/* prototype hardware : PCA9554 at address 0x3C */

                /*

                pca9554_0: gpio@3c {

                      compatible = "nxp,pca9554";

                     reg = <0x3c>;

                     gpio-controller;

                     #gpio-cells = <2>;

                };

                */

                /* production hardware : PCA9554 at address 0x24 */

                pca9554_0: gpio@24 {

                     compatible = "nxp,pca9554";

                     reg = <0x24>;

                     gpio-controller;

                      #gpio-cells = <2>;

                };

           };

     };

 

From this MZEMBV specific mzembv-top-sdsoc.dts file, we can see that the following devices are being controlled by the above PS I2C driver:

  • PCA9548 (I2C mux)
  • PCA9534 (I2C I/O expander)
  • ADV7611 (HDMI input)
  • ADV7511 (HDMI output)
  • PCA9554 (I2C I/O expander, on PYTHON camera module)

My recommendation would be to use one of those slave device drivers as an example starting point for the I2C slave device you are prototyping up right now.  Again, this is all assuming that you are using a single master to multiple slave I2C bus architecture.

 

Regards,

 

-Kevin

james t kennedy's picture
james t kennedy
Junior(0)
RE: Petalinux Zynq PS I2C via MicroZed PMOD

Hi Kevin,
Thanks again for your help. I really appreciate it.
Actually there is only one I2C slave device attached to the PMOD. I tried the DTS approach with a slave that you describe, without effect.
In the ZedBoard I had used the PL based axi_iic core as I2C0, but just used the dev-i2c0 to access it, so I used the same approach under Petalinux and the generated DTS and DTSI sustained this configuration.
For this EEPROM fixture, I did encounter a problem where the driver missed the end of send interrupt, so I modified it to use a poll on the isr status register to complete the message process.
So I presumed that I may be encountering a similar problem here on the MicroZed SOM. But what I found was not the case. I don't see anything in your reply that would lead to thining that the DTSI is superseding the 0xe0004000 address for the bank of registers. And I don't see anything in my design. But the kernel debug trace revealed that the registers somehow were not actually mapped and writing to the register address was like to a floating memory address. The written data for R/W registers did not read back.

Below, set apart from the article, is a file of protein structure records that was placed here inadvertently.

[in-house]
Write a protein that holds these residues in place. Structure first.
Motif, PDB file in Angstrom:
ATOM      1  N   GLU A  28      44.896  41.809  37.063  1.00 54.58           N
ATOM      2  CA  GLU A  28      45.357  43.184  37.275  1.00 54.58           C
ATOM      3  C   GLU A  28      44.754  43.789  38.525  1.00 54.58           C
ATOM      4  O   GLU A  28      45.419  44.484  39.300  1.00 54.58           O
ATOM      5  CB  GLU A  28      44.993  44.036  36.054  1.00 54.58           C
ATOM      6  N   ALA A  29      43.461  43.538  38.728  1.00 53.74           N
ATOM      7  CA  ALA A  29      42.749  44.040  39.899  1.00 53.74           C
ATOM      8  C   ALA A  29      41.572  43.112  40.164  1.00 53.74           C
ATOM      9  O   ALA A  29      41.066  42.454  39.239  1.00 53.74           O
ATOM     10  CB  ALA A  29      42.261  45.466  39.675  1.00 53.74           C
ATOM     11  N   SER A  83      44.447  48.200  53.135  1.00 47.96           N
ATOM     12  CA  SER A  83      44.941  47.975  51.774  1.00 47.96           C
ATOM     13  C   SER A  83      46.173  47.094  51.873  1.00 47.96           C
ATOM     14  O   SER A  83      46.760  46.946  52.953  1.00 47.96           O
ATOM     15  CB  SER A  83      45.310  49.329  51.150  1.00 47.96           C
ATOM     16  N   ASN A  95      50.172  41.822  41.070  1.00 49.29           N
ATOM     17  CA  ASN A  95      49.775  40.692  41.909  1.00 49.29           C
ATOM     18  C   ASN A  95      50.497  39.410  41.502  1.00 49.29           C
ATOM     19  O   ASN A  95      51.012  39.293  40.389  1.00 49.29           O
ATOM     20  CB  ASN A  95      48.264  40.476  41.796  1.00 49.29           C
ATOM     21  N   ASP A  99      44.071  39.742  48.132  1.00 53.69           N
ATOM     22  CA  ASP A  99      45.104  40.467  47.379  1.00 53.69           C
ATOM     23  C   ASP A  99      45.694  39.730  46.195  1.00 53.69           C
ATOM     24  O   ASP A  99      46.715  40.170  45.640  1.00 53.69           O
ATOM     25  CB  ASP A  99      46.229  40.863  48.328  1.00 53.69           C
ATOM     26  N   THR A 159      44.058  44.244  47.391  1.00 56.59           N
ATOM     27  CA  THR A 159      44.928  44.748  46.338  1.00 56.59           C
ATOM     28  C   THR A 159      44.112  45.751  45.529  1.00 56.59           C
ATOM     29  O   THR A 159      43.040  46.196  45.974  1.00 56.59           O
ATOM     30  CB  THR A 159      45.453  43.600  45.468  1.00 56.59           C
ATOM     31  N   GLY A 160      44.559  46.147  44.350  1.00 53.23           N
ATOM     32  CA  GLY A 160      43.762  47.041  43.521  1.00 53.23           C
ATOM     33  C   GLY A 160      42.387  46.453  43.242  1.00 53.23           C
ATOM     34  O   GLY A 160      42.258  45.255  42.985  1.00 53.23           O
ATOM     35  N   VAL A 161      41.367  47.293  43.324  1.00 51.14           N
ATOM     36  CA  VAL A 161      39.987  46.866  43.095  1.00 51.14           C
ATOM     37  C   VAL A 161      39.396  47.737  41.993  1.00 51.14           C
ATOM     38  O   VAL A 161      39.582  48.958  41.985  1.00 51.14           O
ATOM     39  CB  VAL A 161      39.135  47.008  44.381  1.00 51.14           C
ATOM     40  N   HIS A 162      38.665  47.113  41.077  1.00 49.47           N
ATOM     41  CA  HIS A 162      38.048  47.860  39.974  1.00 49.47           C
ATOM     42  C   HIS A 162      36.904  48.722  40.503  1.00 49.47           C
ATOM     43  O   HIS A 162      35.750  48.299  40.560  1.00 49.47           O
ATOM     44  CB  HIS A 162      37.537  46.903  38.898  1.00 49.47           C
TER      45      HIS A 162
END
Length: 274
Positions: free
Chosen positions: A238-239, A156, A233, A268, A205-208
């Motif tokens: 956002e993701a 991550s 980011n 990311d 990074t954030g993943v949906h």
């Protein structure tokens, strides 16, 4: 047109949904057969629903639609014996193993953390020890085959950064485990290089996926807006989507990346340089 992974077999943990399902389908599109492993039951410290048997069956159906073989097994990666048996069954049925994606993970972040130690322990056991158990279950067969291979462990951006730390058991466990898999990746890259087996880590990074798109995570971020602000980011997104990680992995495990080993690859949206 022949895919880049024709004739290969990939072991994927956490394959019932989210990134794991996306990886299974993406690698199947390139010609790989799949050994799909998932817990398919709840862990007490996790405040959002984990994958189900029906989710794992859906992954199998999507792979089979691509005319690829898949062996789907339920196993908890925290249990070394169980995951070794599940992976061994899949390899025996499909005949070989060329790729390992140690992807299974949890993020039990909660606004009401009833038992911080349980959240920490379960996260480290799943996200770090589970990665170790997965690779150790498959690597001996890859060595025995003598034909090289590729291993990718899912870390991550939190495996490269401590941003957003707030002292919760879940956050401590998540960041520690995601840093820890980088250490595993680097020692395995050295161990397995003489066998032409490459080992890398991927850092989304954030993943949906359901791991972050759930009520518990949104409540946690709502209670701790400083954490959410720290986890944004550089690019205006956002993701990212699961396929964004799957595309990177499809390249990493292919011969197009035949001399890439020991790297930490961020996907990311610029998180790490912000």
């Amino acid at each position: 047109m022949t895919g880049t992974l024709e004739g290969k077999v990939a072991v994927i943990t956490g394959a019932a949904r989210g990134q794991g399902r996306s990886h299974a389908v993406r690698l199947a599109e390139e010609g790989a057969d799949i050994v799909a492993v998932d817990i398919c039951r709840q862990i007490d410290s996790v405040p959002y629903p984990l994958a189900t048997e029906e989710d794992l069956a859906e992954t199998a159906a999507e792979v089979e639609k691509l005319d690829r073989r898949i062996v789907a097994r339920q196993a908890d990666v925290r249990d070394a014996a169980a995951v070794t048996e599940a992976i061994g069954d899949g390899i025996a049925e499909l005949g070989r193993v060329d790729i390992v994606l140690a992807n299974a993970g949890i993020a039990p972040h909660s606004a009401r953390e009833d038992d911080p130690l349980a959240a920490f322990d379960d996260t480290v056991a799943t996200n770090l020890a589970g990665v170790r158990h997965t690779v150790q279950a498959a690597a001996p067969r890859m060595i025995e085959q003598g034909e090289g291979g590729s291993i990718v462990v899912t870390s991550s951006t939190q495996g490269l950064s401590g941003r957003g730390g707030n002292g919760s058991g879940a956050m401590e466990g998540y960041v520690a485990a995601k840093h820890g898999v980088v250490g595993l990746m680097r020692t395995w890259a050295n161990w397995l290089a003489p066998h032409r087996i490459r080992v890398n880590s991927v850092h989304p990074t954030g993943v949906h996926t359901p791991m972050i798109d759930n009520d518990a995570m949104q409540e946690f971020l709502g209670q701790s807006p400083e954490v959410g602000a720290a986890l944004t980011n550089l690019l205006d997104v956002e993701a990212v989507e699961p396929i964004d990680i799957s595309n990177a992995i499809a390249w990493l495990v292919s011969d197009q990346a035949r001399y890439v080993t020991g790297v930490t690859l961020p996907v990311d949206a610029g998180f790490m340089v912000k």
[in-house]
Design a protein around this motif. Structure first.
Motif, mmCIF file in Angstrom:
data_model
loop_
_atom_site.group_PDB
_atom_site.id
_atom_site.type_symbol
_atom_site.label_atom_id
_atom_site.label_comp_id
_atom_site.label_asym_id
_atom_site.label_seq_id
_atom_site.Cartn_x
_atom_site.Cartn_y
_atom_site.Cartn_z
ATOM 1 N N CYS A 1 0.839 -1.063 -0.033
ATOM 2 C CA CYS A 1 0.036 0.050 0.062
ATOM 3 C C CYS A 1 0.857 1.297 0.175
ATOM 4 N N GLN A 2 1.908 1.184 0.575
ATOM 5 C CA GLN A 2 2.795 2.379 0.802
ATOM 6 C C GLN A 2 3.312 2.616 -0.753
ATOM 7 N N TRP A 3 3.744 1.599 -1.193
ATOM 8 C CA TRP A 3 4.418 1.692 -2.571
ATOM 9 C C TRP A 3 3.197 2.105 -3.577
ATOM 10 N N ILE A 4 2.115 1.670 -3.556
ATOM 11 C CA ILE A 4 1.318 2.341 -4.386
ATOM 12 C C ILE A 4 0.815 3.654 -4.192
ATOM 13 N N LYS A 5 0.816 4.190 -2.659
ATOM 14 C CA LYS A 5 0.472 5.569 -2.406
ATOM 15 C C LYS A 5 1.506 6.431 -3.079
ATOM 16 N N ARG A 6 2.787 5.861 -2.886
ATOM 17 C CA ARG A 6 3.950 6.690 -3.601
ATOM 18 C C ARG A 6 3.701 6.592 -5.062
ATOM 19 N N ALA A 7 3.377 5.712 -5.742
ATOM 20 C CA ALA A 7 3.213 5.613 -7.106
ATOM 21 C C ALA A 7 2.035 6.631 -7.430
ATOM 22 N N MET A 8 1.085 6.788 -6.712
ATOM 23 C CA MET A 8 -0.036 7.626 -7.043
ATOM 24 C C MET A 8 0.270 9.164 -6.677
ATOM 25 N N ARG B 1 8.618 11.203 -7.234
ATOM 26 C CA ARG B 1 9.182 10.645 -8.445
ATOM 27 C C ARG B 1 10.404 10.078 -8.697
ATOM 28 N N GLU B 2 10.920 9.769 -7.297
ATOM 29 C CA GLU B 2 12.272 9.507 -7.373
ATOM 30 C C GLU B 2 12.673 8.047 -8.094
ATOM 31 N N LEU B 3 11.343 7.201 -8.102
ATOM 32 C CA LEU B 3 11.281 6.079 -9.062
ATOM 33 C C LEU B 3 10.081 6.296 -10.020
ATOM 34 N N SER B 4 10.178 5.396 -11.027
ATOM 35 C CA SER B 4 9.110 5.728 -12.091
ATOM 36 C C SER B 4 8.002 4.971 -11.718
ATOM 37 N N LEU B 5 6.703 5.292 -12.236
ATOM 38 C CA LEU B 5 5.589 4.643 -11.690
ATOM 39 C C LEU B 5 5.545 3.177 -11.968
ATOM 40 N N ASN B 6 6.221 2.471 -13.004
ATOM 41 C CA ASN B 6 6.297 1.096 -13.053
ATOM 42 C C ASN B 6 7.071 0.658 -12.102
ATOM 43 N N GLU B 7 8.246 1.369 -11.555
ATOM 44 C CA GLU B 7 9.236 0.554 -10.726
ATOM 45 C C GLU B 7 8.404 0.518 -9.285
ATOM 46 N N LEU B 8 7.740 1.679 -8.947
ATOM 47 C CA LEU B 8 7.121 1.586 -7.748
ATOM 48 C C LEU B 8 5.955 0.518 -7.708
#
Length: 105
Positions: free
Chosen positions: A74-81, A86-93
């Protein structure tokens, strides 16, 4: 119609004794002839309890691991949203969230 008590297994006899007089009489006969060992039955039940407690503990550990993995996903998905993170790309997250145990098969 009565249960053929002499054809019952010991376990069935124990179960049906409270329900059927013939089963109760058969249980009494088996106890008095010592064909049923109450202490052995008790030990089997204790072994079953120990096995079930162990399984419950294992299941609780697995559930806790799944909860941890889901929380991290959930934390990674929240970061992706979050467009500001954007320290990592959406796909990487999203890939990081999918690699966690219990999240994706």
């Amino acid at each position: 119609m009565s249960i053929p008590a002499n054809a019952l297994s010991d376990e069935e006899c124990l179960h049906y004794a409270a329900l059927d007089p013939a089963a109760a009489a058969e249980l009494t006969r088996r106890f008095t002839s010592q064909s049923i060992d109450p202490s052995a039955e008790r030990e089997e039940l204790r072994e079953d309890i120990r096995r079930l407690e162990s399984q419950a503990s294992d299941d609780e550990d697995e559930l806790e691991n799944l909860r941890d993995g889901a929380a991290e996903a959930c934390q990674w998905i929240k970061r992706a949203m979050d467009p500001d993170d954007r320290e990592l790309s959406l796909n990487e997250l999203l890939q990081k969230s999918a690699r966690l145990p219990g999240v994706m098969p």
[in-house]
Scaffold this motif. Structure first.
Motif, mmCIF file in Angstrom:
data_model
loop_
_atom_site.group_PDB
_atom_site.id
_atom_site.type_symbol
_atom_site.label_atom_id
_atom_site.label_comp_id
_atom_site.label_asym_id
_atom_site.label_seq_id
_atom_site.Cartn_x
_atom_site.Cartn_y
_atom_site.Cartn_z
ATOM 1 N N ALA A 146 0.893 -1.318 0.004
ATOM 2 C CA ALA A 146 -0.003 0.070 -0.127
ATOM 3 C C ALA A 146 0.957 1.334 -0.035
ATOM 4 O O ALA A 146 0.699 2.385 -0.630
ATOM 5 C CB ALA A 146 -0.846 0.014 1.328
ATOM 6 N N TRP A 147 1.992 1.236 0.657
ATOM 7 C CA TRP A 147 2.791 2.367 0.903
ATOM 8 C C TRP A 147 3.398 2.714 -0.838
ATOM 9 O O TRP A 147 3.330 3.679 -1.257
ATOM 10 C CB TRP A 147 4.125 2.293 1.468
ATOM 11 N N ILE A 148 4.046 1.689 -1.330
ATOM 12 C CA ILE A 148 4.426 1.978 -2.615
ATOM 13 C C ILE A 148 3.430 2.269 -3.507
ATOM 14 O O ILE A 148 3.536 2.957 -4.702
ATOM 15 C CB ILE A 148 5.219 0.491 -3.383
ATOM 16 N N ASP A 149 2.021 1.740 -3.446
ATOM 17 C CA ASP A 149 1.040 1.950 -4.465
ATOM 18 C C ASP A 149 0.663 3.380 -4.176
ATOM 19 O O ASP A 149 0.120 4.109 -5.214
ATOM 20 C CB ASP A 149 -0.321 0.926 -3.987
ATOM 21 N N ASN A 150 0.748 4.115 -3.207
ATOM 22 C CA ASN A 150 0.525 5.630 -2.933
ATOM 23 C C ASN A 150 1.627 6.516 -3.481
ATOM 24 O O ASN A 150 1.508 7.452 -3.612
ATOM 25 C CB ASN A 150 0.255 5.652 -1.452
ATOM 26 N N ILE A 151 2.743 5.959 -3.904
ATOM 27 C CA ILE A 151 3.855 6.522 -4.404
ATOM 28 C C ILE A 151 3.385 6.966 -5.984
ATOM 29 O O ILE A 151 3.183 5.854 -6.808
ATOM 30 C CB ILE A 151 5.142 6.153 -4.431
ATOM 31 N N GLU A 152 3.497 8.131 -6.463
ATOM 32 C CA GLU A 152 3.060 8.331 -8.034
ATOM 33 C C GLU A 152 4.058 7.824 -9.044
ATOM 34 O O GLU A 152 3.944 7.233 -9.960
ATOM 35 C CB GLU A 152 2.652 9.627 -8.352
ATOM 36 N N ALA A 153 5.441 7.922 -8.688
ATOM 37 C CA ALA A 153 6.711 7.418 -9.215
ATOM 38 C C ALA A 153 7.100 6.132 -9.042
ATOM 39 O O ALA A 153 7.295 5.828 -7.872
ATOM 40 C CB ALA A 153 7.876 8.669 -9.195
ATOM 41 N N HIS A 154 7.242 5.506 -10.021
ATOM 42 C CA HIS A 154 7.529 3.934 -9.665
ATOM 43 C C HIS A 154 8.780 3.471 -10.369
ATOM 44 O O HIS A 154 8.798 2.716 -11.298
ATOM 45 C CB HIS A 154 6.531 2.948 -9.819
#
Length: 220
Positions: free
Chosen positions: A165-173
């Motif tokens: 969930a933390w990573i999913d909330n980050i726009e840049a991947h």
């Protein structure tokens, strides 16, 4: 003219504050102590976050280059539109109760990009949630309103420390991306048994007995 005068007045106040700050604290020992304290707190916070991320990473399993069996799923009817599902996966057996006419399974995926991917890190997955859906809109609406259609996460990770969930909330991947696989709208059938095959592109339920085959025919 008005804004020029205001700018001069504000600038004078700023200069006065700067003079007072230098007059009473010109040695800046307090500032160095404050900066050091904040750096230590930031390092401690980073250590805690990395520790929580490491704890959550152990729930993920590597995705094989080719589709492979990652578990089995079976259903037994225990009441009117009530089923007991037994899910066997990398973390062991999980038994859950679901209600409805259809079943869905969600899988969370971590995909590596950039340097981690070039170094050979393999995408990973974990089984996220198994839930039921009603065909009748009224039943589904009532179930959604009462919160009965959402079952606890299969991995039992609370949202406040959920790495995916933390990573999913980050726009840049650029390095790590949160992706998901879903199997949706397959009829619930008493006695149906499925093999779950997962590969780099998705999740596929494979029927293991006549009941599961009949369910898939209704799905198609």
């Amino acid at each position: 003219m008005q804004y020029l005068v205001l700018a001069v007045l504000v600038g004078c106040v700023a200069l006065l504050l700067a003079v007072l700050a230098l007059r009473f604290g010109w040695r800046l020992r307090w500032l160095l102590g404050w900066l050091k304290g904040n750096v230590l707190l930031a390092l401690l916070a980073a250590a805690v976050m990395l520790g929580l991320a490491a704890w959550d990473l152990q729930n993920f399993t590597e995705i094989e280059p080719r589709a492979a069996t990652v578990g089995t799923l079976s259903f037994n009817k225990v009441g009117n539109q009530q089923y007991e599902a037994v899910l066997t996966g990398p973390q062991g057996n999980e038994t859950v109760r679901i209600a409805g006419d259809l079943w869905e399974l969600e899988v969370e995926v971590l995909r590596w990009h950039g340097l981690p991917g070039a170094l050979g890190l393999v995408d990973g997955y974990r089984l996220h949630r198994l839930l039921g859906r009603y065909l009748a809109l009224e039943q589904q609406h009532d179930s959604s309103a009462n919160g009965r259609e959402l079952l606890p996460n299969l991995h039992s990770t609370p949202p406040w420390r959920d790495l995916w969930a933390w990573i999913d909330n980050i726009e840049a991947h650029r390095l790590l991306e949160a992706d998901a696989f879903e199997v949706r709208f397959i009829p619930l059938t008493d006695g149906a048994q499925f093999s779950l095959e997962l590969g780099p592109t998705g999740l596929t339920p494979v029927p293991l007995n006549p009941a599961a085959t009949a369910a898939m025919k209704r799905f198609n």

I can't find anything in the design whether Vivado or Petalinux in the device tree that would lead to this failure to map the addresses. The driver sees the 0xe0004000 and does the IO resource remap, but obviously it doesn't work.
I guess this part of the design will remain TBD until the main board is available.
BTW, what they asked also is to look into using the same PMOD with 2 devices attached. I.E., with the I2c on 4 Pmod pins of the bottom row  pins 7-12  and a gpio on the top row 0-6, using the appropriate MIO to connect to the PS controllers, but I hadn't even gotten to testing this. When I looked at the GPIO alone under sysfs I was unable to effect a change in the 0/1 status of the inputs. Again as if the register ports were not mapped. Do you think there is some Linux .config setting that I am missing?
But thanks for trying. If something occurs to me I will be sure to post
 
Sincerely,
James
 

pschur's picture
pschur
Junior(0)
I2C

I may have encountered the same problem with the I2C controller. I am using the I2C c

pschur's picture
pschur
Junior(0)
I2C Controller Issue

I may have encountered the same problem with the I2C Controller. I am using a PicoZed and have mapped the SDA and SCL to the MIO pins. It is a bare metal application. I have a scope connected to the SDA and SCL signals and the slave address that was written to the I2C register is not correct on the scope.